Gilt City View

Posted on Oct 22, 2011 by Tara Q. Thomas

I had only one worry when I walked into our private tasting space: The view out the floor-to-ceiling windows was so grand that no one would pay attention to the wines we’d poured. It was what photographers call the “magic hour,” the setting sun bathing the San Francisco hills in a dusky rose hue, the corner spot four floors up affording a 180° view.

Those wines were sweated over: My colleague Patrick Comiskey and I had to choose only six out of the more than 200 wines poured by our Top 100 Wineries to showcase for a tasting organized for members of Gilt City. We began with the supposition that everyone would head to the Dom, Roederer and the like on their own (thus assuaging our guilt for leaving them out, at any rate), and focused instead on bottles we feared people might miss without prodding—a textbook Condrieu from Côte-Rôtie stronghold Guigal; a Douro table red that stuns with its delicacy (Niepoort Charme); an old-school zinfandel (Storybook Mountain’s Mayacamas Ridge).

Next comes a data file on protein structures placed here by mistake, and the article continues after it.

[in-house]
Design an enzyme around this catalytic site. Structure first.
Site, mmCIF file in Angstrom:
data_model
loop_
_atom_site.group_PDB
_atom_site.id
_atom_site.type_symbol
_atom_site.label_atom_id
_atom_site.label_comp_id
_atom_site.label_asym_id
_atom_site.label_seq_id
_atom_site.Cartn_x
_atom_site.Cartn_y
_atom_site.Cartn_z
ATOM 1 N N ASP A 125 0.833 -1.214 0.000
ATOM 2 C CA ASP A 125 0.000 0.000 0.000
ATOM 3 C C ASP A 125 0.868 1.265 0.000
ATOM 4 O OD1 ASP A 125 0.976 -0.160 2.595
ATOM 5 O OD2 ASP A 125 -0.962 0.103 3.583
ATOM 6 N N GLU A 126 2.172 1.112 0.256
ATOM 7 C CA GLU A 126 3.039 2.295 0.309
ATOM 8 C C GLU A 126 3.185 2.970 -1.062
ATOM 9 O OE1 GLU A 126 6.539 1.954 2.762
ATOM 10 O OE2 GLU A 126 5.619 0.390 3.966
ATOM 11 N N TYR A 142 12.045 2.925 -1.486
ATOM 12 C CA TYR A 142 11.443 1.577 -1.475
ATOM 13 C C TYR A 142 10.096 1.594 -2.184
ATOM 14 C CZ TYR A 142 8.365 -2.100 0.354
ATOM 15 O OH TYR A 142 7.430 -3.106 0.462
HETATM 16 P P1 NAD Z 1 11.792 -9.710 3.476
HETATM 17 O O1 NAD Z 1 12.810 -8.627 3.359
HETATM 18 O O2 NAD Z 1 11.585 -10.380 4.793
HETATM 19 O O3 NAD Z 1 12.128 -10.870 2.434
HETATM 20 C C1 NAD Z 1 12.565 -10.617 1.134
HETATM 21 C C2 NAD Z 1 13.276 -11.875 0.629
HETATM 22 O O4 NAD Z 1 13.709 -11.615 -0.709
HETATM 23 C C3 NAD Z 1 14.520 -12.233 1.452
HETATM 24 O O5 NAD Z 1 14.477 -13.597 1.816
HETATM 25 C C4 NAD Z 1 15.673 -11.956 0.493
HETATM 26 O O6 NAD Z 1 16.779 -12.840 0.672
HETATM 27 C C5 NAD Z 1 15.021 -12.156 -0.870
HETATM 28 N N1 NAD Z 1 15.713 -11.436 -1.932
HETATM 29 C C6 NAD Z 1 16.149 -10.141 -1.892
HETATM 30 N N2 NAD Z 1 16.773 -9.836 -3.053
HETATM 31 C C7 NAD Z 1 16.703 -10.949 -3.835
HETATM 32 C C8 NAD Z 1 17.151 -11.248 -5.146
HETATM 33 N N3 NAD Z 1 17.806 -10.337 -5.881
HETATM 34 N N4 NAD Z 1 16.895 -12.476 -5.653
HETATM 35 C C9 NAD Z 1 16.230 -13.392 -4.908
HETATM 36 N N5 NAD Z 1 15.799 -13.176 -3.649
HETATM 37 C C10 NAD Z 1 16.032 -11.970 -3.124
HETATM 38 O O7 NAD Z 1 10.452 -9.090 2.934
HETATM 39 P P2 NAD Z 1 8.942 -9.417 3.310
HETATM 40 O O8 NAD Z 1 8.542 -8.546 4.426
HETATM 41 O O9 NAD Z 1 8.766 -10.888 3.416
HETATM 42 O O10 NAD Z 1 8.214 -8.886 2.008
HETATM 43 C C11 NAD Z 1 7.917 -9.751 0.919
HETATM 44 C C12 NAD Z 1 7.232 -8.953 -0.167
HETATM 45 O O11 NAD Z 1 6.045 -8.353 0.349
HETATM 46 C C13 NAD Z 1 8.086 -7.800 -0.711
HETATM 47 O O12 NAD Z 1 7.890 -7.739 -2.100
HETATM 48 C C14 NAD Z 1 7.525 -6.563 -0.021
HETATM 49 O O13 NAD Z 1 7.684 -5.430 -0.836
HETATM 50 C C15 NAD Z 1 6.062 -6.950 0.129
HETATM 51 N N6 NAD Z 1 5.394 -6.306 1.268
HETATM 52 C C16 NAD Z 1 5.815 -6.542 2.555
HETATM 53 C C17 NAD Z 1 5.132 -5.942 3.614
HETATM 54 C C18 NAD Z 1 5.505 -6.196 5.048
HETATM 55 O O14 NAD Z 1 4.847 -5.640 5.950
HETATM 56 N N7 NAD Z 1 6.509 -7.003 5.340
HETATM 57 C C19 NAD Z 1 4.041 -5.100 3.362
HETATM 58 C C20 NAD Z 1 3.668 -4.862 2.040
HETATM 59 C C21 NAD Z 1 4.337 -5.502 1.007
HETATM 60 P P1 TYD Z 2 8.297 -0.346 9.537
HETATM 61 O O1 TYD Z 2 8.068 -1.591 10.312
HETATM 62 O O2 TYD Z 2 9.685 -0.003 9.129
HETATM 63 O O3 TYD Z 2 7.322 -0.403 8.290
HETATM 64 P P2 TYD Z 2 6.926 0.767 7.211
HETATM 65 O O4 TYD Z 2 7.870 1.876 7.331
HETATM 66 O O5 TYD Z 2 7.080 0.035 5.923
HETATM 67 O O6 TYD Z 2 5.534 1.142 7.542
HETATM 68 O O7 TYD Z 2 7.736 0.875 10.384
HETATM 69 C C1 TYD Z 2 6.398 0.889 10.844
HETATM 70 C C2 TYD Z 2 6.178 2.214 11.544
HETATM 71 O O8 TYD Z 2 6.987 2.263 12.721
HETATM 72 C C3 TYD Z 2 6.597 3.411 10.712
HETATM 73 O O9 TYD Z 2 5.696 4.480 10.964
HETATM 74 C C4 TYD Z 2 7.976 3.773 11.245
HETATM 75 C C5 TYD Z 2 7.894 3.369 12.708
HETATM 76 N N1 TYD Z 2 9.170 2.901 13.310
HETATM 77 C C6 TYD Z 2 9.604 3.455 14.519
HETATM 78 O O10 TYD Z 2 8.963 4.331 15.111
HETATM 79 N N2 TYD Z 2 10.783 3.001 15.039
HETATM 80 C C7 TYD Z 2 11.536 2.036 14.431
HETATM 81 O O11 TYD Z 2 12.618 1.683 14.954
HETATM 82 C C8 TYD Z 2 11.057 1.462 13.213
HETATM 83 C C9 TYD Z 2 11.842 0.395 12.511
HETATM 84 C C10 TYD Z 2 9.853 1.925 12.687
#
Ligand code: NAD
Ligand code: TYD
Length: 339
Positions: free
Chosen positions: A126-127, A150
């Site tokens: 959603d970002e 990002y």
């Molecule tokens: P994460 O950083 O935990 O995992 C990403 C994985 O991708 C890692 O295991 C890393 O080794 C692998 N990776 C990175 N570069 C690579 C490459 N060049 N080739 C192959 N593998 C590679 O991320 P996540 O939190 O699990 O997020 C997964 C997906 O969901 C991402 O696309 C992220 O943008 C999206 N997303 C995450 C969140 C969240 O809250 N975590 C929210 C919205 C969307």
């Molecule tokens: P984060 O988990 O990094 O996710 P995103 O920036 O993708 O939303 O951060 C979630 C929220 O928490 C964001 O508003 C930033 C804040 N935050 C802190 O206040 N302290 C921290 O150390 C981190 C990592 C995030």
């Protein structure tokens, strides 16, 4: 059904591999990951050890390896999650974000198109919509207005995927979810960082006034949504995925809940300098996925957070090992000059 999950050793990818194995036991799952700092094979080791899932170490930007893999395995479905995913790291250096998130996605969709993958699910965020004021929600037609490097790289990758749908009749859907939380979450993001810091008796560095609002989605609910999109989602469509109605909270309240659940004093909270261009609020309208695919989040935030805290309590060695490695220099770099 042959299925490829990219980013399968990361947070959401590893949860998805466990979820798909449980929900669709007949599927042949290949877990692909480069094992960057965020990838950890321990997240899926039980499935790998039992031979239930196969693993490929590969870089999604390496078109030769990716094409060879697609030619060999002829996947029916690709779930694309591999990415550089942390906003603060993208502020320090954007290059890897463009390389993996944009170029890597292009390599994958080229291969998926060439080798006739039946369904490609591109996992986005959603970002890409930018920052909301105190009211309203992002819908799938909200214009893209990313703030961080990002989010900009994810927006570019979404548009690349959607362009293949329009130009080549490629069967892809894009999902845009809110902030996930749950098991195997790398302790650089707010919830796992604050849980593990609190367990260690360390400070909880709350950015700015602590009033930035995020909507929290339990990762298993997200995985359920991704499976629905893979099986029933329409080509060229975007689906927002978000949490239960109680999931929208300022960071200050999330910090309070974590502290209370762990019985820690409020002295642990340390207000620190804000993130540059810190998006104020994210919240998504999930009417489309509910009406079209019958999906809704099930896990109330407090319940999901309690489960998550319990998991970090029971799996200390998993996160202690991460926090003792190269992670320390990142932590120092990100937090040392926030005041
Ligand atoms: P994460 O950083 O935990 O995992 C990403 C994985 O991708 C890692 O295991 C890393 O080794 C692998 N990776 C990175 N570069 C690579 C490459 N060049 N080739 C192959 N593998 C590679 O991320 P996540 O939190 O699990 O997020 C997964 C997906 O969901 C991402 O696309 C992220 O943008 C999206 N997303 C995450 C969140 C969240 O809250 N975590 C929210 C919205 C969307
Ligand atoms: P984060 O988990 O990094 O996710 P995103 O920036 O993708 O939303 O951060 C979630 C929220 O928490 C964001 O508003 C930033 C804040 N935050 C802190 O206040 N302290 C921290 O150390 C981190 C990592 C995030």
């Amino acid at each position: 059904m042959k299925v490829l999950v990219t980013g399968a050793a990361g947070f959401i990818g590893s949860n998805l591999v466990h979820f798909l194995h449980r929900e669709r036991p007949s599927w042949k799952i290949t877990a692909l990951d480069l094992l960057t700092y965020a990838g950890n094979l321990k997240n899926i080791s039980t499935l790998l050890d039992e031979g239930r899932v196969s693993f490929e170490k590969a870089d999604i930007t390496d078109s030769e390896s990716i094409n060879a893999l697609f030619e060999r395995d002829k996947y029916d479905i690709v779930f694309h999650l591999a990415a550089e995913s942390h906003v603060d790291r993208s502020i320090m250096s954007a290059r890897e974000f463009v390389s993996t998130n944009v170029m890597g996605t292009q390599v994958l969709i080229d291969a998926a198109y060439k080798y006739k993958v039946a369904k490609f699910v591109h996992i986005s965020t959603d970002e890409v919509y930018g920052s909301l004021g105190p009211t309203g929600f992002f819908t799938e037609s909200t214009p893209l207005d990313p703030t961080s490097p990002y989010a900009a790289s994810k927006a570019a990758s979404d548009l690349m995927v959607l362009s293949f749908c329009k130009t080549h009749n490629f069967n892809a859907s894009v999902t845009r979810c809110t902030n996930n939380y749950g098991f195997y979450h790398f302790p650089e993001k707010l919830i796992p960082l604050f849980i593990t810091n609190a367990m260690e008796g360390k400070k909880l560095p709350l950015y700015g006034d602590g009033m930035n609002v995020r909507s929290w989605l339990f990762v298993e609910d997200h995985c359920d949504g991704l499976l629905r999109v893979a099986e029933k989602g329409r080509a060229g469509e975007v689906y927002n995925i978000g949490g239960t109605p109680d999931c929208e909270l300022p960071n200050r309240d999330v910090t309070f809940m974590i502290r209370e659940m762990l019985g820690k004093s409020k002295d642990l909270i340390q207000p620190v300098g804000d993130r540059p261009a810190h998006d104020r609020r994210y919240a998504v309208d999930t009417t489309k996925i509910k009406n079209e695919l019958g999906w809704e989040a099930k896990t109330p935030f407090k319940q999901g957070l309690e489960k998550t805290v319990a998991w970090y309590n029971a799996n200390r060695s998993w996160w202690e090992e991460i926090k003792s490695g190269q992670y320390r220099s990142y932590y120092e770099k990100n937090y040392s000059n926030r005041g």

We also wanted wines that clearly reflect our tasting philosophy—wines that have a clear personality, a sense of place, like Schloss Gobelsburg’s broad, rich grüner veltliner from the sun-warmed, deep soils of Ried Lamm in Austria’s Kamptal; a pinot noir from Seven Springs Vineyard in Oregon’s Eola–Amity Hills by Evening Land Vineyards; and Andrew Will’s Ciel du Cheval from Washington State’s Red Hills.

As it turned out, there was nothing to worry about. The Gilt City members admired the view, then dived into their glasses, matching us in enthusiasm, challenging us with questions, and staying long after the sun had set and the moon took its place. In the end, we shoo’d them out of the room and back into the main tasting—to go check out all the wines we’d left out.

Jeff Meisel and Andrew Smith of Gilt Taste
Jeff Meisel and Andrew Smith of Gilt Taste

Photo by Jen Siska:

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